The bright spots in the lineup come from now first baseman Miguel Cabrera. This kid is still 25 years old. Last season he hit .292 with 37 dingers and 127 RBIs. Placido Polanco will hit .300 and is one of the best fielding second baseman in the league. Carlos Guillen and Magglio Ordonez will get their production numbers as well but are 33 and 34, respectively. Curtis Granderson gives the Tigers pop at the top of the order.
Pertaining to the pitching, Detroit had a team 4.91 ERA last year and let up 5.29 runs per game (3rd to last in the AL). After so much promise from the young arms the two previous seasons, they fell apart last season. Here’s some comparisons:
2007: 18-6 / 3.66 ERA / 183 SO
2008: 11-17 / 4.84 ERA / 163 SO
2007: 11-9 / 5.01 ERA / 145 SO
2008: 3-4 / 4.29 ERA / 44 SO (12 games)
2007: 9-13 / 4.56 ERA / 119 SO
2008: 7-11 / 4.44 ERA / 108 SO
2007: 10-15 / 5.17 ERA / 136 SO (w/ FLA)
2008: 0-2 / 9.38 ERA / 18 SO (8 games)
Only Bonderman and Verlander are expected to be in the rotation this season. They brought in Edwin Jackson, and Zach Miner and Armando Galarraga should develop. But I just can’t see these pitchers getting this team anywhere.
The bullpen is questionable. Brandon Lyon saved 26 games for the Diamondbacks last season yet had a 4.70 ERA. Fernando Rodney, Clay Rapada, and Bobby Seay each had ERA’s over 4.00 and Joel Zumaya was injured last season. Freddy Dolsi was the brightest spot in the bullpen last season that returns this year and still had an ERA of 3.97.
The fact that they have a good mix of veteran and young talent could help them this season but then I look at the pitching, especially the bullpen, and realize that they cannot compete given these young arms that have seemed to tired early.
I am going to try to make this my last post about A-Rod, steroids, etc, etc. But I got thinking who is next in line to capture the homerun record as their own fully clean, as far as we know. Rodriguez was supposed to be our savoir from Barry, Balco, Big Mac, and Juiced but, well, you all know the story forwards and backwards now (at least we think we do). So who could potentially top Bonds and take Hammerin’ Hank Aaron’s record from him and not have an asterisk surrounding his name?
In his eight year career, Pujols has slugged 319 homeruns averaging almost 40 homeruns a season. He is one of the best right-handed hitters in the game right now, if not the best. He is 29 years old and if he can average 37 homeruns over the next twelve seasons, he will have 763 homeruns, one more than Bonds. By that time he will be 41 years old. Bonds was 42 when he broke* Aaron’s record of 755. Pujols’ career high came in 2006 when he hit 49 dingers (and he only played in 143 games that year).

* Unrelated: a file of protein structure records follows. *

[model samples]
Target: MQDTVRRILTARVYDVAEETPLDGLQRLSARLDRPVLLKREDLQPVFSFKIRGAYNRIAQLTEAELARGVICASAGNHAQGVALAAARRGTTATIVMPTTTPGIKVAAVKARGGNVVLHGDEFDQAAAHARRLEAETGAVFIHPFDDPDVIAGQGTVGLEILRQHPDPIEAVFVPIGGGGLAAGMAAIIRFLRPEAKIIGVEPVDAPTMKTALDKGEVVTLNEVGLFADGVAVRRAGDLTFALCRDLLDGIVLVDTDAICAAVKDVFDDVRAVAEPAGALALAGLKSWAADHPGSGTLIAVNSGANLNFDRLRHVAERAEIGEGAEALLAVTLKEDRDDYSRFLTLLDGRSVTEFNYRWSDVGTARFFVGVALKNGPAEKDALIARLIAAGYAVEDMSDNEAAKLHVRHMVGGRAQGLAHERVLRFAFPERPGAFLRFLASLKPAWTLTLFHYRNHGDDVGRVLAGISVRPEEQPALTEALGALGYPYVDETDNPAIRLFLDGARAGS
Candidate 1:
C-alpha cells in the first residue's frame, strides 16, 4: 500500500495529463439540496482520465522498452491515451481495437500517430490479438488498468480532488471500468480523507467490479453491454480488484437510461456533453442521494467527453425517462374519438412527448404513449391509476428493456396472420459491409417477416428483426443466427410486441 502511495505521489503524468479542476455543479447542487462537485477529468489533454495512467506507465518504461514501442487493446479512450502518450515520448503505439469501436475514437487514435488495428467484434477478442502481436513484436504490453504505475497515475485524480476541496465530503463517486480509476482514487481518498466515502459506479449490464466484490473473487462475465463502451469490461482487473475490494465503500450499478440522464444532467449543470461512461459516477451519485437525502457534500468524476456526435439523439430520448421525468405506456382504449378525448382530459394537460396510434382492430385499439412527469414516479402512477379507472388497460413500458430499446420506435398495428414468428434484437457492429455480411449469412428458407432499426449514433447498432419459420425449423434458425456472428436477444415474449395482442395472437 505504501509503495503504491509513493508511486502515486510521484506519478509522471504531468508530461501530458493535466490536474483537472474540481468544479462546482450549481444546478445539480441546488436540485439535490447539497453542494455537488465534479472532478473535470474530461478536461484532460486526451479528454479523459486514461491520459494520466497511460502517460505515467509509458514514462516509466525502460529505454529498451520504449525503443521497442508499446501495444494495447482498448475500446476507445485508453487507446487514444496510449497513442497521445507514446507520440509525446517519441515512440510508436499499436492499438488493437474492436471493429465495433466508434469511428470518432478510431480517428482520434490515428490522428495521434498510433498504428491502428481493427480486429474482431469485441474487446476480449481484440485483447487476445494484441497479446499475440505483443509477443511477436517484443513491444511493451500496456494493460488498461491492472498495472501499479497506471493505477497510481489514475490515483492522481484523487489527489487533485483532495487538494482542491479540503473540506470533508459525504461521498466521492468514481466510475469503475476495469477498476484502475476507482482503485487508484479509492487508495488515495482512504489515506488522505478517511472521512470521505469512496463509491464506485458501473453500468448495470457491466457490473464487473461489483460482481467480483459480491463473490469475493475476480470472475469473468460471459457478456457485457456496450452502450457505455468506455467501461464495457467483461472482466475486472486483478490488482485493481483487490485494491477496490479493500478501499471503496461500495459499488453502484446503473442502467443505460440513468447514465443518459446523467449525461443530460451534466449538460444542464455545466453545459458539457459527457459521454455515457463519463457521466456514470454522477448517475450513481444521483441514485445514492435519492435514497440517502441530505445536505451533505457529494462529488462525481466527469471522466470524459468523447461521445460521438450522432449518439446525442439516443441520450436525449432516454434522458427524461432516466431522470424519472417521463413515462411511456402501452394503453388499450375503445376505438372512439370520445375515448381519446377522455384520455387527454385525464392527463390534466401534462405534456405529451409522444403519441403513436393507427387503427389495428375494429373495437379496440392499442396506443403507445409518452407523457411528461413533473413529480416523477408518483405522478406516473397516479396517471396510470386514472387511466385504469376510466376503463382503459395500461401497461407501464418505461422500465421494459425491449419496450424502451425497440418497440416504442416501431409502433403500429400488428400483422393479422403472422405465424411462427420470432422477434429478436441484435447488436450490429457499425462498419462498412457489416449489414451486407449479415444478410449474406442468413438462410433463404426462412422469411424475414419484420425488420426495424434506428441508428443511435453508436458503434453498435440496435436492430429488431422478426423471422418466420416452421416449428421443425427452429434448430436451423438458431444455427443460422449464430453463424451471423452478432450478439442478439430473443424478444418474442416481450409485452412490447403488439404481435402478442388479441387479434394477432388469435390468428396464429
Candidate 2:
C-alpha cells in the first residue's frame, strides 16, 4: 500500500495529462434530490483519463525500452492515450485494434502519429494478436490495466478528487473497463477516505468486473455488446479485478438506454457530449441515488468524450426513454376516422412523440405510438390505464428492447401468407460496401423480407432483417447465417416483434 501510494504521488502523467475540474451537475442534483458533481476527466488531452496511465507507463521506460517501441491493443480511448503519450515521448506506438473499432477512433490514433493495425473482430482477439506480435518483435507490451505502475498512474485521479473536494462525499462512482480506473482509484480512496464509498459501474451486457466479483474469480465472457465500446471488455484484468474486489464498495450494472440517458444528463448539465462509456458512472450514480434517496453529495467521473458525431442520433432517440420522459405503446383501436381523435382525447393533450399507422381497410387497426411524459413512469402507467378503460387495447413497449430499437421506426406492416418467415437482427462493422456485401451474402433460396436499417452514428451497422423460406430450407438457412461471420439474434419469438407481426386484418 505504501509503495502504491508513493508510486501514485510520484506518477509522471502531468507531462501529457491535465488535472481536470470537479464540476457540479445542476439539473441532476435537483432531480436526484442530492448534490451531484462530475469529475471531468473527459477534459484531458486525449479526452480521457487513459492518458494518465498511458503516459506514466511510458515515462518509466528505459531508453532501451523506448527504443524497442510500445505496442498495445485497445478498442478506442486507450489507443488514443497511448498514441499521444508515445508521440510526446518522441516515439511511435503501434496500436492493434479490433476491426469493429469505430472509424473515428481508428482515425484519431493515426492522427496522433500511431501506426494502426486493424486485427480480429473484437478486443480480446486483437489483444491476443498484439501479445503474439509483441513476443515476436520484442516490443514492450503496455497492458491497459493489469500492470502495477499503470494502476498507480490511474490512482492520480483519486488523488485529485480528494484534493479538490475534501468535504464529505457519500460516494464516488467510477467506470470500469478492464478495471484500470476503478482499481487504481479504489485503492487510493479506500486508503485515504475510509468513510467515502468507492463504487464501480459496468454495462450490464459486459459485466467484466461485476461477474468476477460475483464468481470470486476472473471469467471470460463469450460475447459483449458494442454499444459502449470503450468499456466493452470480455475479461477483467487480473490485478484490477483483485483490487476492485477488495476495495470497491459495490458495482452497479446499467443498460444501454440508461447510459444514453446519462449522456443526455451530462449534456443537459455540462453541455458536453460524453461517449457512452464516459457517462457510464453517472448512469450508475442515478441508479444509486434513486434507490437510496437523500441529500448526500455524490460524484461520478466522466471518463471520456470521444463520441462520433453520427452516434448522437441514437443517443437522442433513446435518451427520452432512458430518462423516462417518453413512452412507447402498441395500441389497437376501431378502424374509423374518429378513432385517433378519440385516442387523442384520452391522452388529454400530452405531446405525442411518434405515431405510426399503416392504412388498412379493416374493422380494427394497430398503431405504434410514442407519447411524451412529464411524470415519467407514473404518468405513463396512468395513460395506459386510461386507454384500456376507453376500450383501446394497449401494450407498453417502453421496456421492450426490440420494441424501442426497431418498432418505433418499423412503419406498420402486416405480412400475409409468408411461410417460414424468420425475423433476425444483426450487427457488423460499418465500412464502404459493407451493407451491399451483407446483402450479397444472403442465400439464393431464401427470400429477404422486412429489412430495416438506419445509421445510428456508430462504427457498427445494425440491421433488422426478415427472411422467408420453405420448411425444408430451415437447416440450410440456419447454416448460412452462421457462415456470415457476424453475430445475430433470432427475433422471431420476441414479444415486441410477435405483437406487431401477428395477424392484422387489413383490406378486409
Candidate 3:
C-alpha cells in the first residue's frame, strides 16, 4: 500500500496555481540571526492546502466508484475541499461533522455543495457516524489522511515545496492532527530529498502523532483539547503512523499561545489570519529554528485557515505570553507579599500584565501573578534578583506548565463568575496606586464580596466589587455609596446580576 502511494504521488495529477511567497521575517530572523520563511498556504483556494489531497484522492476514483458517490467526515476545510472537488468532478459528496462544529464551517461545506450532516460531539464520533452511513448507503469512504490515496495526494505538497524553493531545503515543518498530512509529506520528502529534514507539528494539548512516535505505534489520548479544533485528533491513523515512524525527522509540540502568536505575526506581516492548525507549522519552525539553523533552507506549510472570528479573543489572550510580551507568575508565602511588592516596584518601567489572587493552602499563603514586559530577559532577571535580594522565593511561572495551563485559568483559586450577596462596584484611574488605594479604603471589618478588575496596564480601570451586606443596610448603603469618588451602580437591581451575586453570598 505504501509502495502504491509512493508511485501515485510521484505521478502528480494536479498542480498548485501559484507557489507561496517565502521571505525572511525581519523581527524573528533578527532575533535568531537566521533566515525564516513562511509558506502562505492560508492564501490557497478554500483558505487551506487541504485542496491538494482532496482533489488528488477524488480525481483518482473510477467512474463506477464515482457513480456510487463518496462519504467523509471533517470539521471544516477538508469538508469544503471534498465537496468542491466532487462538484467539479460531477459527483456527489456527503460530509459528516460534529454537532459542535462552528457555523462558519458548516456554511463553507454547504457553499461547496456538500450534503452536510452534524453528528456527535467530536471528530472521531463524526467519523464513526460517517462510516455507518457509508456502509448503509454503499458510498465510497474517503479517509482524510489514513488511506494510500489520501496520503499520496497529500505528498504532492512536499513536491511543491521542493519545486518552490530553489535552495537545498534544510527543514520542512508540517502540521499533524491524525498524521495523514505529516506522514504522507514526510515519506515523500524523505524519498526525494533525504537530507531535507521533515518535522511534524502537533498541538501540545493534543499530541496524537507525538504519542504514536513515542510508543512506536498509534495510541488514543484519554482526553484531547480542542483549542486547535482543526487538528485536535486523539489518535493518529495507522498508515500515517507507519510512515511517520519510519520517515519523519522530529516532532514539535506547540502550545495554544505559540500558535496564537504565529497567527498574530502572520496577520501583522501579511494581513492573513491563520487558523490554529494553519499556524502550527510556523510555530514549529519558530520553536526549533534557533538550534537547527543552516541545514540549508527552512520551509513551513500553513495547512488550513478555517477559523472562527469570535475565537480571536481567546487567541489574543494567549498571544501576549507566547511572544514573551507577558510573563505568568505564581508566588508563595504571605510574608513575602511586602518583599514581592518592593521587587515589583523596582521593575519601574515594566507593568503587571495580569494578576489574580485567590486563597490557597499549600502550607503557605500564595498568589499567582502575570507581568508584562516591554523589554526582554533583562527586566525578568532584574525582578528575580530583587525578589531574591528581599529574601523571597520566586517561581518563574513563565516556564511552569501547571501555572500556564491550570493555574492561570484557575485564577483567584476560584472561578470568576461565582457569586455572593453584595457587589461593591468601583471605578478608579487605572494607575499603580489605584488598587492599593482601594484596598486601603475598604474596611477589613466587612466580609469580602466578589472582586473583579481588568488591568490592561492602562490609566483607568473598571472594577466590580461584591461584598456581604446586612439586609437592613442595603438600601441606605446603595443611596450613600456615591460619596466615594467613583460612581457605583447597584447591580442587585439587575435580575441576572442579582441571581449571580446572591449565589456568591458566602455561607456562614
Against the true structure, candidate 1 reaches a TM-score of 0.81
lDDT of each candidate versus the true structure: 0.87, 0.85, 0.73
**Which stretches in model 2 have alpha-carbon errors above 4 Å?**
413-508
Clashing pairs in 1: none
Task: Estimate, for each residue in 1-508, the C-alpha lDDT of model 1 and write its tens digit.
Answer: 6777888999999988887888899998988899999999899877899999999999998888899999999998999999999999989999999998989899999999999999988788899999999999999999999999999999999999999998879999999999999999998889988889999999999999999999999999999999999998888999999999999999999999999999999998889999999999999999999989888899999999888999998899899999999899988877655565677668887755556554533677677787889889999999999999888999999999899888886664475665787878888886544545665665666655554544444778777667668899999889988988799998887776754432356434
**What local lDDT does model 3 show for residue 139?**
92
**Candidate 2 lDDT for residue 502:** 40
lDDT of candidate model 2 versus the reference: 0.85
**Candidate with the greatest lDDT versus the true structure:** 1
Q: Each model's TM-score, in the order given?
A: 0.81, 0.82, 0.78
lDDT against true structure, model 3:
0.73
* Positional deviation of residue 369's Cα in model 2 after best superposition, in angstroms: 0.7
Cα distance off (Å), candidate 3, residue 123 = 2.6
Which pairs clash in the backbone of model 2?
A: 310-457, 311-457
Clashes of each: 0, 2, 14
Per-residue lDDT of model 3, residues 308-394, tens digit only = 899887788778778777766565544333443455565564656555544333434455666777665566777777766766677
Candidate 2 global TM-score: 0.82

POSSIBILITY: MOST LIKELY
Ken Griffey Jr.
The closest among all active clean players with 611 homeruns (are Bonds and Sammy Sosa even active anymore?). Junior’s back in the Emerald City where he hit his first 398 homeruns. Since then, the new millenium hasn’t treated Griffey well as he has been plagued by injuries and years of not contending (until his trade to the White Sox last year). Since 2000, he’s topped out at 40 homeruns (2000) and is 151 homeruns away at 39 years old. He would need to play five more seasons and average just over 30 homeruns over that span to break take the top spot from Barry.
POSSIBILITY: NOT LIKELY
Over four years into his career he has connected for 177 homeruns. His 162-game average in homeruns is 50 per year. He has 586 homeruns to go if he wants to take away the title from Bonds he will need to average 46 homeruns over the next 13 seasons. However, he goes into slumps like it’s in his contract. But when his bat is hot, the lumber is on fire. Another problem is that he didn’t come up to the big leagues and stay up until he was 25 and he didn’t play his first full season until he was 26. He is 29 this season and if he only plays until he is 40 he will need to muster over 53 homeruns per season. Becoming a member of the 500 homerun club should be his first priority.
POSSIBILITY: NOT LIKELY
Dunn has raw power and has hit 278 homeruns over his eight year career averaging just under 35 per season. He is also 29 this season and needs 485 homeruns to break the record. He would need to average 45 homeruns over the next 11 seasons to conquer that feat and has only hit over 40 homeruns once (46 in 2004). I would say that he have the same priority as Howard, join the 500 homerun club first and then see where he’s at.
POSSIBILITY: NOT LIKELY
Let’s let him find a team first. But he needs 236 more homeruns and he is 36 years old. He would need to average just over 47 homeruns in the next five seasons and about 34 homeruns if he were to play seven more seasons.
POSSIBILITY: NOT LIKELY
Others who would need a prayer to break it:
Jim Thome, Vlad Guerrero
Too early to tell:
Miguel Cabrera, David Wright, Prince Fielder